Dennis v. Collins, II et al

Filing 47

ORDER granting in part and denying in part 35 Motion to Compel; granting 35 Motion for Attorney Fees. IT IS ORDERED that within the next seven days, defendant designate a Rule 30(b)(6) representative on the topics noticed by plaintiff, and the deposition take place within the next 21 days, unless the parties mutually agree to take the deposition beyond the deadline. IT IS FURTHER ORDERED that the written discovery component of the motion is DENIED, as moot. IT IS FURTHER ORDERED that De fendants and/or their counsel remit the sum of $300 to plaintiff, via her counsel, within the next seven days and file proof of payment in the record within seven days thereafter. Signed by Magistrate Judge Karen L Hayes on 9/19/16. (crt,Crawford, A)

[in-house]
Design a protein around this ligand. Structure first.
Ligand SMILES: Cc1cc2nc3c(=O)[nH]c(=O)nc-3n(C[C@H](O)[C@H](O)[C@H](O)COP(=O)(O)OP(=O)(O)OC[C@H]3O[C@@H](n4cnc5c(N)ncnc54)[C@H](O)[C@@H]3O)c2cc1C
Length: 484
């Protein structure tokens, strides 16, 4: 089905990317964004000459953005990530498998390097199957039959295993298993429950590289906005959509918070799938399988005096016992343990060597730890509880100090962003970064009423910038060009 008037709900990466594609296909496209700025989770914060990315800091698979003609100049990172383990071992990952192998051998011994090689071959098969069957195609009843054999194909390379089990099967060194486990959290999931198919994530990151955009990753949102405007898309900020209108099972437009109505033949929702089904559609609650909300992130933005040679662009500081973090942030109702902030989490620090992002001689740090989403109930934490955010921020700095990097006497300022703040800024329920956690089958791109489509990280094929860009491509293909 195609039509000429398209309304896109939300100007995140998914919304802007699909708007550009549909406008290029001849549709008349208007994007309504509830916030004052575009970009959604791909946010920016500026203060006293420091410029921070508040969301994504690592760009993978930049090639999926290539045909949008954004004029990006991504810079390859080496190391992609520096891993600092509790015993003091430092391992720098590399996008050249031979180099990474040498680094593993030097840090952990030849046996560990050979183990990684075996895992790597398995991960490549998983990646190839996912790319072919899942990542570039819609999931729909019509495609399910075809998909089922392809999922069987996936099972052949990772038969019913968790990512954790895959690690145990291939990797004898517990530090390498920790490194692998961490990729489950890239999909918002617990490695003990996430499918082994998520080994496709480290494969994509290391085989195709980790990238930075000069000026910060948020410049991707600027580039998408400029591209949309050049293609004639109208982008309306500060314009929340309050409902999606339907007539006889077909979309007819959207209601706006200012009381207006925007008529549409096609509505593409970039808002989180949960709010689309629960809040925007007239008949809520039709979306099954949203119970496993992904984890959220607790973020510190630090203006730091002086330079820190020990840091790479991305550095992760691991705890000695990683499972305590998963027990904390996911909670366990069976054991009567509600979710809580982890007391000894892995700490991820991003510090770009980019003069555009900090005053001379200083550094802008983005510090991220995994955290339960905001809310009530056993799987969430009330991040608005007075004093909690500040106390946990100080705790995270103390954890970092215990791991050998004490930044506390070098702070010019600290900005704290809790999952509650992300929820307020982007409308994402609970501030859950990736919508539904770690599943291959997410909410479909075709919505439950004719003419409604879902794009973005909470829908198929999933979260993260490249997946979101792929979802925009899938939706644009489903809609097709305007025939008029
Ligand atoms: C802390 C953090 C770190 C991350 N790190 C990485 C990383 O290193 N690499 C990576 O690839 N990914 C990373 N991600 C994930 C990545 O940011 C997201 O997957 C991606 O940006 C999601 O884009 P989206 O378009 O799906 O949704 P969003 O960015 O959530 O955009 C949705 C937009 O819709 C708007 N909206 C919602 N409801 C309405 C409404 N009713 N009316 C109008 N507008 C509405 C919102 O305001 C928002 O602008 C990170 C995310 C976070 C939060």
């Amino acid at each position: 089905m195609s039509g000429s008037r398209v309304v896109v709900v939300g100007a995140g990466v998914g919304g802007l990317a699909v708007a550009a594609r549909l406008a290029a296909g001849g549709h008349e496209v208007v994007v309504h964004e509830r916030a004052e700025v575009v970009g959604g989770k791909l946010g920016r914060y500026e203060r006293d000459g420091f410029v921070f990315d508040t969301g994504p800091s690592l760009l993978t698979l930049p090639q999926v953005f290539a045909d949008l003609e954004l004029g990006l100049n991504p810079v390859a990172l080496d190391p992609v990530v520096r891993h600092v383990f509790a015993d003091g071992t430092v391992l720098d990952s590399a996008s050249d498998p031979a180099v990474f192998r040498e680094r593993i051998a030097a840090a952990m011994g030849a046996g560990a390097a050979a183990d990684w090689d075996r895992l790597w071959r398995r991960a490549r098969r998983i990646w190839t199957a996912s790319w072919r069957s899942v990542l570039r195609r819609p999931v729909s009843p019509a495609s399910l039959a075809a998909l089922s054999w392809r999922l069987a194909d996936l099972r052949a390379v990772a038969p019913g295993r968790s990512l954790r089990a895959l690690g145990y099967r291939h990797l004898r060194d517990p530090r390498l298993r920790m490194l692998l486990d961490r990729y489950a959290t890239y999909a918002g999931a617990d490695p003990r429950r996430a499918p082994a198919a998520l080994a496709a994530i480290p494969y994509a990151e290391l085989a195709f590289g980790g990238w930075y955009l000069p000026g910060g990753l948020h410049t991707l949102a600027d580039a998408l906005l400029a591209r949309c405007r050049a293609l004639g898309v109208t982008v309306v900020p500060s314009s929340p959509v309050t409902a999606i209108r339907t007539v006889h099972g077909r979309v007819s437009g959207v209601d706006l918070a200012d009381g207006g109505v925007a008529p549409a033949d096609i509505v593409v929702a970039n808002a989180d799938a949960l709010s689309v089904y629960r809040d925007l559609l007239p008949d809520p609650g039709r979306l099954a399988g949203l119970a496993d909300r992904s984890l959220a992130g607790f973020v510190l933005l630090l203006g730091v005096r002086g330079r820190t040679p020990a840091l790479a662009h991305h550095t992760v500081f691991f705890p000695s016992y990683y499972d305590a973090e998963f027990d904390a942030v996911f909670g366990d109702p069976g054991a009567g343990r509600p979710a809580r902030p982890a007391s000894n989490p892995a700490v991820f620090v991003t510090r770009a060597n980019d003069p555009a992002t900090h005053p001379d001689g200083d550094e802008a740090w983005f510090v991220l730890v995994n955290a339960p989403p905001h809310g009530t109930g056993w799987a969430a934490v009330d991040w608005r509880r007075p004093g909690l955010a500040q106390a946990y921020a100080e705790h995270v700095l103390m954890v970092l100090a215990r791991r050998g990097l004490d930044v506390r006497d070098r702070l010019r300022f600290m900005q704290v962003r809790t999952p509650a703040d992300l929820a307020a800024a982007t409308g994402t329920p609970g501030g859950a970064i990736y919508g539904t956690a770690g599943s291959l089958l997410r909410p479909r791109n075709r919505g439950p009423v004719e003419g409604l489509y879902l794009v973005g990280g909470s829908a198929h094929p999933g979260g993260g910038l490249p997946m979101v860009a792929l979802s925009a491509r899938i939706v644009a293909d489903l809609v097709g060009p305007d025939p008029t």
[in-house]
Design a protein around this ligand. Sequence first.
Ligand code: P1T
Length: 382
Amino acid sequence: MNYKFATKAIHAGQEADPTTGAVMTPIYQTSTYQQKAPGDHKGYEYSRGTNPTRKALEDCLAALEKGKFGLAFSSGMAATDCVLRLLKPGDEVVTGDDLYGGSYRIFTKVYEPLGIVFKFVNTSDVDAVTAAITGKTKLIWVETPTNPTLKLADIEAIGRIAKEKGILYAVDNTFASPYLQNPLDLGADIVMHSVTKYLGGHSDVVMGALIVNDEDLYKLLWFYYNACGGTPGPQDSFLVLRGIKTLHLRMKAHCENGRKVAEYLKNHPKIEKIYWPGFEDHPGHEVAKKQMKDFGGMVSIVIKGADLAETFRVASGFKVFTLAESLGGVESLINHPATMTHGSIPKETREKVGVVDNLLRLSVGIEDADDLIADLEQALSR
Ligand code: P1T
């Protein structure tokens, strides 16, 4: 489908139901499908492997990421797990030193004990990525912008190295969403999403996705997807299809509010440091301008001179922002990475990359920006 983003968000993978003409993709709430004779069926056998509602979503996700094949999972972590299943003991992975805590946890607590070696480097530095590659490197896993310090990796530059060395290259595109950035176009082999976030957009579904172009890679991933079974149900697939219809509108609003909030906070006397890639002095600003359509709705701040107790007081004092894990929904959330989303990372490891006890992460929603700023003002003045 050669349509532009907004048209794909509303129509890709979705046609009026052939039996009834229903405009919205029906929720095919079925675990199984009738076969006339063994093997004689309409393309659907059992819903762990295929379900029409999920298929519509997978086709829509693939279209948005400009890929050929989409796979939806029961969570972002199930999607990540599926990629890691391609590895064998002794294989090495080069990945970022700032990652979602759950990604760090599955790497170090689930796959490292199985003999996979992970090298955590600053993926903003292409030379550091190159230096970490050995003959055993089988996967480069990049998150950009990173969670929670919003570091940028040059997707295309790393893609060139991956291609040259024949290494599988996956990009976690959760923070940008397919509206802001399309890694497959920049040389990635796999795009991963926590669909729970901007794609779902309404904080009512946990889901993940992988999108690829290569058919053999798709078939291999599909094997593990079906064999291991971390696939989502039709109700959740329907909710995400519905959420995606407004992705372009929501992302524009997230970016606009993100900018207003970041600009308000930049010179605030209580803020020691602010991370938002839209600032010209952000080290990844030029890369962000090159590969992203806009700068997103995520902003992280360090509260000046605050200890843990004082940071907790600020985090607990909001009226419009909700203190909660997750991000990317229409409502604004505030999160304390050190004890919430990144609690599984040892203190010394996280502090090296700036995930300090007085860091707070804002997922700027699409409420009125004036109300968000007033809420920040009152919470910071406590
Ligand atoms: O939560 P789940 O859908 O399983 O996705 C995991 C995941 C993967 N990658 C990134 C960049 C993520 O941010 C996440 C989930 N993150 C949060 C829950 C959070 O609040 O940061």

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UNITED STATES DISTRICT COURT WESTERN DISTRICT OF LOUISIANA SHREVEPORT DIVISION YOLANDA DENNIS * CIVIL ACTION NO. 15-2410 VERSUS * JUDGE S. MAURICE HICKS ERNEST COLLINS II, ET AL. * MAG. JUDGE KAREN L. HAYES MEMORANDUM ORDER Before the undersigned Magistrate Judge, on reference from the District Court, is a motion to compel discovery responses and Rule 30(b)(6) deposition [doc. # 35], plus an associated request for fees, filed by plaintiff Yolanda Dennis. The motion is opposed. For reasons detailed below, the motion is GRANTED IN PART and DENIED IN PART.1 Background On June 12, 2015, Yolanda Dennis filed the instant suit against Ernest Collins, II; Greyhound Lines, Inc. (“Greyhound”); and National Union Fire Insurance Company of Pittsburgh, PA in the 1st Judicial District Court for the Parish of Caddo, State of Louisiana. Defendants subsequently removed the case to federal court on the basis of diversity jurisdiction, 28 U.S.C. § 1332. (Compl. for Removal). Dennis alleges that on June 15, 2014, she was a passenger in a vehicle that was struck by a “1999 MCJ or MCI vehicle” driven by Collins, owned by Greyhound, and insured by National Union. (Petition, ¶¶ 3-5). Plaintiff attributes fault for the accident to defendants, and seeks to recover her resulting damages. Id., ¶¶ 6-14. 1 As this motion is not excepted in 28 U.S.C. § 636(b)(1)(A), nor dispositive of any claim on the merits within the meaning of Rule 72 of the Federal Rules of Civil Procedure, this ruling is issued under the authority thereof, and in accordance with the standing order of this court. Any appeal must be made to the district judge in accordance with Rule 72(a) and LR 74.1(W). Plaintiff filed the instant motion on June 24, 2016. She alleges that defendants failed to supplement their responses to her written discovery initially propounded on June 12, 2015, despite their agreement to do so. Plaintiff further alleges that defendants did not respond to her second set of written discovery that she propounded on May 27, 2016. Finally, plaintiff contends that defendants ignored her request to designate a 30(b)(6) representative for defendant, Greyhound. On July 13, 2016, defendants filed their opposition to the motion to compel in which they represented that, just one day earlier, they responded to all of plaintiff’s written discovery requests with all responsive information in their possession. (Defs. Opp. Memo., Exh. B). Defendants, however, objected to plaintiff’s motion to designate a 30(b)(6) representative, because, according to defendants, the stated discovery topics are irrelevant, and/or subject to Greyhound’s “self-critical analysis” privilege Plaintiff did not file a reply brief, and the time to do so has lapsed. (Notice of Motion Setting [doc. # 36]). Accordingly, the matter is ripe. Analysis I. Written Discovery In light of defendants’ representation that they now have responded in full to plaintiff’s written discovery requests that formed the basis for the motion, combined with the lack of a reply brief by movant contesting same, the court necessarily finds that the written discovery component of the motion to compel is moot. II. Rule 30(b)(6) Deposition a) Law A party may, by oral questions, depose any person, including another party, but must 2 provide reasonable written notice to every other party. Fed.R.Civ.P. 30(a) &(b)(1). In addition, a party may name an entity as a deponent so long as the party also describes with reasonable particularity the matters for examination. Fed.R.Civ.P. 30(b)(6). The named entity/deponent then must designate one or more persons or officials and the matters upon which each will testify. Id. A party seeking discovery may move for an order compelling a Rule 30(b)(6) designation if a corporation or other entity fails to do so. Fed.R.Civ.P. 37(a)(3)(B)(ii). Under Rule 26(b), [u]nless otherwise limited by court order, the scope of discovery is as follows: Parties may obtain discovery regarding any nonprivileged matter that is relevant to any party's claim or defense and proportional to the needs of the case, considering the importance of the issues at stake in the action, the amount in controversy, the parties' relative access to relevant information, the parties' resources, the importance of the discovery in resolving the issues, and whether the burden or expense of the proposed discovery outweighs its likely benefit. Information within this scope of discovery need not be admissible in evidence to be discoverable. Fed. R. Civ. P. 26(b)(1). The courts understand the rule to provide for broad and liberal discovery. See Schlagenhauf v. Holder, 379 U.S. 104, 114-5 (1964); Hickman v. Taylor, 329 U.S. 495, 507, 67 S.Ct. 385 (1947). Nonetheless, the scope of discovery is limited by relevance, albeit “relevance” is to be broadly construed. Wyatt v. Kaplan, 686 F.2d 276, 284 (5th Cir. 1982). Upon a showing of good cause, a court may issue an order to “protect a party or person from annoyance, embarrassment, oppression, or undue burden or expense, including [an order] . . . forbidding inquiry into certain matters, or limiting the scope of disclosure or discovery to certain matters . . . ” Fed.R.Civ.P. 26(c)(1)(D). The party seeking the protective order must establish good cause for the entry of the order by making a “particular and specific demonstration of fact, as distinguished from stereotyped and conclusory statements.” Gulf Oil Co. v. Bernard, 452 U.S. 89, 102 n. 16, 101 S.Ct. 2193 (1981); see also, In re Terra Int'l, Inc., 134 F.3d 302, 306 3 (5th Cir. 1998). Furthermore, “Rule 26(c) confers broad discretion on the trial court to decide when a protective order is appropriate and what degree of protection is required.” Seattle Times Co. v. Rhinehart, 467 U.S. 20, 36, 104 S.Ct. 2199 (1984). b) Discussion Plaintiff seeks to depose Greyhound on the following topics: 1) The collision of June 15, 2014, involving the vehicles occupied by Plaintiff and operated by Defendant Driver, including the reason for Defendant Driver’s use of a commercial vehicle on the day of the of collision, observations at the scene, statements made by any party or witness, the identify [sic] of any witnesses and any photographs of any person or thing involved in the collision; 2) Defendant’s policy, practice, and procedure, and procedure of training commercial drivers, and all other personnel involved in the accident processing and/or investigation; 3) The extent of Defendant Driver’s prior driving experience and any investigation into his competence to operate a commercial vehicle. 4) The extent of any company and procedure into the handling of a commercial vehicle accident. 5) Defendant driver’s past driving history and work performance for Greyhound; 6) Greyhound’s investigation of the collision that is [the] subject of this litigation. (Schedule A; M/Compel, Exh. 1). Defendants contend that issues regarding Greyhound’s training and supervision of Collins, its employee, (i.e., deposition topics 3 and 5), are not relevant to this litigation because plaintiff’s independent claim against Greyhound for negligent training and supervision is redundant and subject to dismissal, when, as here, Greyhound has more or less stipulated that it is vicariously liable for any negligence attributable to Collins. In fact, this very issue forms the 4 basis for a pending motion for partial summary judgment filed by defendants. [doc. # 37]. Be that as it may, at this juncture, plaintiff’s claim against Greyhound for negligent training and supervision remain pending and viable. Until such time as those claims are dismissed, plaintiff is entitled to conduct discovery regarding them. See Angus Chem. Co. v. Glendora Plantation, Inc., 782 F.3d 175, 179 n3 (5th Cir.2015) (intimating that the viability of a party’s claim for damages should not be resolved in the context of a motion to compel when the same issue is before the district court in a motion for partial summary judgment). In any event, evidence regarding Collins’ experience and driving history are potentially relevant to plaintiff’s claim against Collins. Defendants further argue that discovery regarding Greyhound’s post-accident internal investigation, findings and disciplinary action (i.e., deposition topics 1, 4, and 6) are not discoverable pursuant to Louisiana and federal law, which purportedly provides a privilege for a company’s self-critical analysis. The court observes, in this regard, that parties are permitted to obtain relevant, nonprivileged discovery. Fed.R.Civ.P. 26(b)(1). In this diversity case, Louisiana provides the applicable law of privilege. Exxon Mobil Corp. v. Hill, 751 F.3d 379, 381 (5th Cir.2014) (citing Fed.R.Evid. 501). Greyhound cite two Louisiana Supreme Court decisions to support its theory that the requested discovery is subject to the self-critical analysis privilege. The first case, Rader v. Regional Transit Authority, reads, in its entirety: Granted. Trial judge correctly denied discovery of RTA's internal evaluation as to whether the accident was “preventable” and any post-accident disciplinary action taken against the driver. However, the case is remanded to the district court with instructions to the trial judge to conduct an in-camera inspection of the subject documents and to order disclosure of any containing relevant evidence or likely to lead to the discovery of relevant evidence. See Ogea v. Jacobs, 344 So.2d 953 (La.1977). 5 Rader v. Reg'l Transit Auth., 595 So.2d 644 (La.1992) However, the decision does not explain the basis for the trial court’s denial of discovery. Moreover, in Ogea v. Jacobs – the case cited by Rader – the Louisiana Supreme Court permitted a party to discover an accident report prepared by defendant, which included defendant’s opinion as to the cause of the accident and the data he collected from witnesses. Ogea v. Jacobs, 344 So.2d 953, 960 (La.1977). The second Louisiana case cited by defendants, Smith v. Lincoln General Hosp., is premised on Louisiana statutes that confer confidentiality on certain hospital committee meetings and records. Smith v. Lincoln Gen. Hosp., 605 So.2d 1347, 1348 (La.1992). There is no indication that the deposition topics identified by plaintiffs are likely to implicate the statutory protections at issue in Smith. In fact, as it turns out, “[n]either Louisiana courts nor the Fifth Circuit has embraced a self-critical analysis privilege . . .” Hawthorne Land Co. v. Occidental Chem. Corp., Civ Action No. 01-0881, 2003 WL 21510426, at *1 (E.D. La. June 24, 2003). Further, “[a]ll of the courts in this Circuit confronting the issue have declined to find that the self critical analysis privilege exists, even in the instance of a post-accident investigation.” Ganious v. Apache Clearwater Operations, Inc., No. 98-207, 2004 WL 287366, at *2 (E.D. La. Feb. 11, 2004). Moreover, subsequent remedial measures are discoverable. Breaux v. Haliburton Energy Servs., Civ. Action No. 04-1636, 2006 WL 2700057, at *2 (E.D. La. Sept. 18, 2006). Certainly, while some of the evidence sought by plaintiff may not be admissible at trial, see Fed.R.Civ.P. 407, that does not undermine its discoverability. See Fed.R.Civ.P. 26(b)(1); Broussard v. Tetra Applied Techs., L.P., Civ. Action 09-1422, 2010 WL 3463084, at *2 (W.D. La. Aug. 25, 2010) (“self-critical analysis” privilege does not provide a valid reason for withholding production of documents). 6 Defendants’ objections are overruled. III. Fees Rule 37 provides that if a motion to compel is granted – or if the disclosure or requested discovery is provided after the motion was filed-the court must, after giving an opportunity to be heard, require the party or deponent whose conduct necessitated the motion, the party or attorney advising that conduct, or both to pay the movant's reasonable expenses incurred in making the motion, including attorney's fees. But the court must not order this payment if: (i) the movant filed the motion before attempting in good faith to obtain the disclosure or discovery without court action; (ii) the opposing party's nondisclosure, response, or objection was substantially justified; or (iii) other circumstances make an award of expenses unjust. Fed. R. Civ. P. 37(a)(5)(A) (emphasis added). Here, defendants did not respond fully to plaintiff’s written discovery until after the instant motion was filed. In addition, defendants’ objections to designating a Rule 30(b)(6) representative were not well taken. Moreover, defendants have not established any other circumstances that would make an award of expenses unjust. Accordingly, the court finds that an award of $300 is warranted and appropriate to ameliorate the reasonable expenses and fees incurred by plaintiff in prosecuting the instant motion. Conclusion For the foregoing reasons, Plaintiff’s motion to compel discovery responses and the Rule 30(b)(6) deposition of defendant, Greyhound, [doc. # 35], and associated request for fees, is hereby GRANTED IN PART and DENIED IN PART, as follows, IT IS ORDERED that within the next seven (7) days from the date of this order, 7 defendant, Greyhound Lines, Inc., shall designate a Rule 30(b)(6) representative(s) on the topics noticed by plaintiff, and the deposition taken within 21 days from the date of this order, unless the parties mutually agree to take the deposition beyond the deadline. IT IS FURTHER ORDERED that the written discovery component of the motion to compel is DENIED, as moot. IT IS FURTHER ORDERED that within seven (7) days from the date of this order, defendants Ernest Collins, II, Greyhound Lines, Inc., and National Union Fire Insurance Company of Pittsburgh, PA and/or their counsel shall remit the single sum of $300 to plaintiff Yolanda Dennis, via her counsel, and file proof of payment in the record of these proceedings within seven (7) days thereafter. In Chambers, at Monroe, Louisiana, this 19th day of September 2016. __________________________________ KAREN L. HAYES UNITED STATES MAGISTRATE JUDGE 8